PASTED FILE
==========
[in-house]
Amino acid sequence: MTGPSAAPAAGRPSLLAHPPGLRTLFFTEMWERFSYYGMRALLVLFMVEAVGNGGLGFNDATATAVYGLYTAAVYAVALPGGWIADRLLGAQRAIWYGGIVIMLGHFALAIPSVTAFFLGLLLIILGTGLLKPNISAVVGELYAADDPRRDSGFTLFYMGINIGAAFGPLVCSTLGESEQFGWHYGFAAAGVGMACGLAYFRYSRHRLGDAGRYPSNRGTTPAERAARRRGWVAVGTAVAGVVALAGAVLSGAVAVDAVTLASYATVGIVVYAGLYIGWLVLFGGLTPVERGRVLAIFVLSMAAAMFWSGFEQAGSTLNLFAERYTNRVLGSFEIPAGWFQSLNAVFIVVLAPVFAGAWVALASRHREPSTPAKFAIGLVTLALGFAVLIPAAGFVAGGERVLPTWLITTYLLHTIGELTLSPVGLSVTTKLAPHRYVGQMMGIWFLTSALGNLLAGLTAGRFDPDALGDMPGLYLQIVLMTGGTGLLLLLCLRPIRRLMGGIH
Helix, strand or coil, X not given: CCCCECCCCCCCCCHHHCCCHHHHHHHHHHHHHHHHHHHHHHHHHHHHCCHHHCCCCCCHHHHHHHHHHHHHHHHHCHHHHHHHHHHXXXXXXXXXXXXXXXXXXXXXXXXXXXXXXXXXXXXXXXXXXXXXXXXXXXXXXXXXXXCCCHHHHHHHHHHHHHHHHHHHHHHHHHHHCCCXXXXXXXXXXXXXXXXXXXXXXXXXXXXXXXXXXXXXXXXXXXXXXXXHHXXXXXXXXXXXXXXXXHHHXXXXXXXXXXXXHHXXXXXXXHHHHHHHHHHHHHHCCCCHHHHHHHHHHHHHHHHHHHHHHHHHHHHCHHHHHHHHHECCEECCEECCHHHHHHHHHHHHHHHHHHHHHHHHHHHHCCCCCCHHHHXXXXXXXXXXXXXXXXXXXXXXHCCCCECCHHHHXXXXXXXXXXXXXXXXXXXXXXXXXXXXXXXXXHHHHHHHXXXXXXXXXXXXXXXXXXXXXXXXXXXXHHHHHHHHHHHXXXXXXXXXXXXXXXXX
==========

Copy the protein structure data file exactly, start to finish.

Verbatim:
[in-house]
Amino acid sequence: MTGPSAAPAAGRPSLLAHPPGLRTLFFTEMWERFSYYGMRALLVLFMVEAVGNGGLGFNDATATAVYGLYTAAVYAVALPGGWIADRLLGAQRAIWYGGIVIMLGHFALAIPSVTAFFLGLLLIILGTGLLKPNISAVVGELYAADDPRRDSGFTLFYMGINIGAAFGPLVCSTLGESEQFGWHYGFAAAGVGMACGLAYFRYSRHRLGDAGRYPSNRGTTPAERAARRRGWVAVGTAVAGVVALAGAVLSGAVAVDAVTLASYATVGIVVYAGLYIGWLVLFGGLTPVERGRVLAIFVLSMAAAMFWSGFEQAGSTLNLFAERYTNRVLGSFEIPAGWFQSLNAVFIVVLAPVFAGAWVALASRHREPSTPAKFAIGLVTLALGFAVLIPAAGFVAGGERVLPTWLITTYLLHTIGELTLSPVGLSVTTKLAPHRYVGQMMGIWFLTSALGNLLAGLTAGRFDPDALGDMPGLYLQIVLMTGGTGLLLLLCLRPIRRLMGGIH
Helix, strand or coil, X not given: CCCCECCCCCCCCCHHHCCCHHHHHHHHHHHHHHHHHHHHHHHHHHHHCCHHHCCCCCCHHHHHHHHHHHHHHHHHCHHHHHHHHHHXXXXXXXXXXXXXXXXXXXXXXXXXXXXXXXXXXXXXXXXXXXXXXXXXXXXXXXXXXXCCCHHHHHHHHHHHHHHHHHHHHHHHHHHHCCCXXXXXXXXXXXXXXXXXXXXXXXXXXXXXXXXXXXXXXXXXXXXXXXXHHXXXXXXXXXXXXXXXXHHHXXXXXXXXXXXXHHXXXXXXXHHHHHHHHHHHHHHCCCCHHHHHHHHHHHHHHHHHHHHHHHHHHHHCHHHHHHHHHECCEECCEECCHHHHHHHHHHHHHHHHHHHHHHHHHHHHCCCCCCHHHHXXXXXXXXXXXXXXXXXXXXXXHCCCCECCHHHHXXXXXXXXXXXXXXXXXXXXXXXXXXXXXXXXXHHHHHHHXXXXXXXXXXXXXXXXXXXXXXXXXXXXHHHHHHHHHHHXXXXXXXXXXXXXXXXX